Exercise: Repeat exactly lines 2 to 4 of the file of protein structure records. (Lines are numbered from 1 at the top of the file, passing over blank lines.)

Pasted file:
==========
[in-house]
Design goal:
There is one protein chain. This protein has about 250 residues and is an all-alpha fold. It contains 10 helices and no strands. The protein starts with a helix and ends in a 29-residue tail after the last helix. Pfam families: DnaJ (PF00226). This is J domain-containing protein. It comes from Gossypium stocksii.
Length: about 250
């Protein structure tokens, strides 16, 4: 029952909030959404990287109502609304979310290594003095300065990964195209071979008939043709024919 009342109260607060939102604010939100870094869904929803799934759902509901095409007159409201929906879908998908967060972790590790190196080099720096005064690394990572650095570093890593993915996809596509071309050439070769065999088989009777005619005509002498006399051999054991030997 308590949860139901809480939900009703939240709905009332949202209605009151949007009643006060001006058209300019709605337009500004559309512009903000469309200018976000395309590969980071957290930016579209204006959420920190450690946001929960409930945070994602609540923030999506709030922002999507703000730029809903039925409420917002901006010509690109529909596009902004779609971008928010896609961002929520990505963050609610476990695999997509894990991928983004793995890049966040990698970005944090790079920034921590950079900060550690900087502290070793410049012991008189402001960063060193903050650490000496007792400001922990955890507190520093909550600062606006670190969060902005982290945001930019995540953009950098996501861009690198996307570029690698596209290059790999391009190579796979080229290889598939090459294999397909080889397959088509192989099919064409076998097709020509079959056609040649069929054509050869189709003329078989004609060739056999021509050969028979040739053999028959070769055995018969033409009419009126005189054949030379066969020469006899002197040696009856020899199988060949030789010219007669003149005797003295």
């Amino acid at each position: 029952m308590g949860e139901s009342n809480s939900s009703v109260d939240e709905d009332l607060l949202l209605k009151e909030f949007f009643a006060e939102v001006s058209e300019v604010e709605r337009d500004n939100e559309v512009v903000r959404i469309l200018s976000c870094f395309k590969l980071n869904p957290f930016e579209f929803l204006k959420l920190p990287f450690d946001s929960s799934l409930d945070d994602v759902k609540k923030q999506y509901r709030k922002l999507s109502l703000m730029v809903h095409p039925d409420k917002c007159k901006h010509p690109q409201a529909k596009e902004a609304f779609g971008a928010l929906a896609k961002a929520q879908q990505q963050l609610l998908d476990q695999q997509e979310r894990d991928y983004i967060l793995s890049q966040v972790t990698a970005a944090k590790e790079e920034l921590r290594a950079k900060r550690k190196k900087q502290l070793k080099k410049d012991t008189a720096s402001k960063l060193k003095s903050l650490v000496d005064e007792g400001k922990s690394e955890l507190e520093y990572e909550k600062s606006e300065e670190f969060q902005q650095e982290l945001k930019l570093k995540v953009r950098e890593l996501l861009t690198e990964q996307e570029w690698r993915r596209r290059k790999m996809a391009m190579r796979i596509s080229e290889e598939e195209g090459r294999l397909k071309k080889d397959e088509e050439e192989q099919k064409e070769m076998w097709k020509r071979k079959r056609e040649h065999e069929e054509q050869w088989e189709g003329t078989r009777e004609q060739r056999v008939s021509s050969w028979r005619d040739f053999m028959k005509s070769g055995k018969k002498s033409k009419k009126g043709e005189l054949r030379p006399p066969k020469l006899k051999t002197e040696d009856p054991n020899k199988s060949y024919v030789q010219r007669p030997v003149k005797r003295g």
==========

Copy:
Design goal:
There is one protein chain. This protein has about 250 residues and is an all-alpha fold. It contains 10 helices and no strands. The protein starts with a helix and ends in a 29-residue tail after the last helix. Pfam families: DnaJ (PF00226). This is J domain-containing protein. It comes from Gossypium stocksii.
Length: about 250